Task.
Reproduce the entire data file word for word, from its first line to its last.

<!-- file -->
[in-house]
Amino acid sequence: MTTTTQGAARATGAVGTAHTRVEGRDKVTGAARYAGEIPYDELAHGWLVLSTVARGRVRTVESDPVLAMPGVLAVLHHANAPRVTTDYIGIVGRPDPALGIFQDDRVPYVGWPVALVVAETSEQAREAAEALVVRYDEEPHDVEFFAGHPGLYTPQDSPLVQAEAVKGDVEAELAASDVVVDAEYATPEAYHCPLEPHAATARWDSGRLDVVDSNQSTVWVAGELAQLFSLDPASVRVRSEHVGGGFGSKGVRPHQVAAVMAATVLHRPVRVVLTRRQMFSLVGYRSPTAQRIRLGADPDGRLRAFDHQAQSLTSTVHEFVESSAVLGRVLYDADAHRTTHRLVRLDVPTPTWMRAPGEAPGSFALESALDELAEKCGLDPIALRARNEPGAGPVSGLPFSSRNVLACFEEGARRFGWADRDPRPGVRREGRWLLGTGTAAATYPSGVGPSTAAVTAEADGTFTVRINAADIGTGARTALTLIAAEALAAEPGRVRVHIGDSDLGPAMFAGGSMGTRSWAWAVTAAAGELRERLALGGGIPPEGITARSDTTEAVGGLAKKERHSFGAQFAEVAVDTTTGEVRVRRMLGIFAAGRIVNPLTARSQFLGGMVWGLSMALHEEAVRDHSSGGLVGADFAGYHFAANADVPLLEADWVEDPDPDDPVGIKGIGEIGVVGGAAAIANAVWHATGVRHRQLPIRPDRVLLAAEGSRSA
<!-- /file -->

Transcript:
[in-house]
Amino acid sequence: MTTTTQGAARATGAVGTAHTRVEGRDKVTGAARYAGEIPYDELAHGWLVLSTVARGRVRTVESDPVLAMPGVLAVLHHANAPRVTTDYIGIVGRPDPALGIFQDDRVPYVGWPVALVVAETSEQAREAAEALVVRYDEEPHDVEFFAGHPGLYTPQDSPLVQAEAVKGDVEAELAASDVVVDAEYATPEAYHCPLEPHAATARWDSGRLDVVDSNQSTVWVAGELAQLFSLDPASVRVRSEHVGGGFGSKGVRPHQVAAVMAATVLHRPVRVVLTRRQMFSLVGYRSPTAQRIRLGADPDGRLRAFDHQAQSLTSTVHEFVESSAVLGRVLYDADAHRTTHRLVRLDVPTPTWMRAPGEAPGSFALESALDELAEKCGLDPIALRARNEPGAGPVSGLPFSSRNVLACFEEGARRFGWADRDPRPGVRREGRWLLGTGTAAATYPSGVGPSTAAVTAEADGTFTVRINAADIGTGARTALTLIAAEALAAEPGRVRVHIGDSDLGPAMFAGGSMGTRSWAWAVTAAAGELRERLALGGGIPPEGITARSDTTEAVGGLAKKERHSFGAQFAEVAVDTTTGEVRVRRMLGIFAAGRIVNPLTARSQFLGGMVWGLSMALHEEAVRDHSSGGLVGADFAGYHFAANADVPLLEADWVEDPDPDDPVGIKGIGEIGVVGGAAAIANAVWHATGVRHRQLPIRPDRVLLAAEGSRSA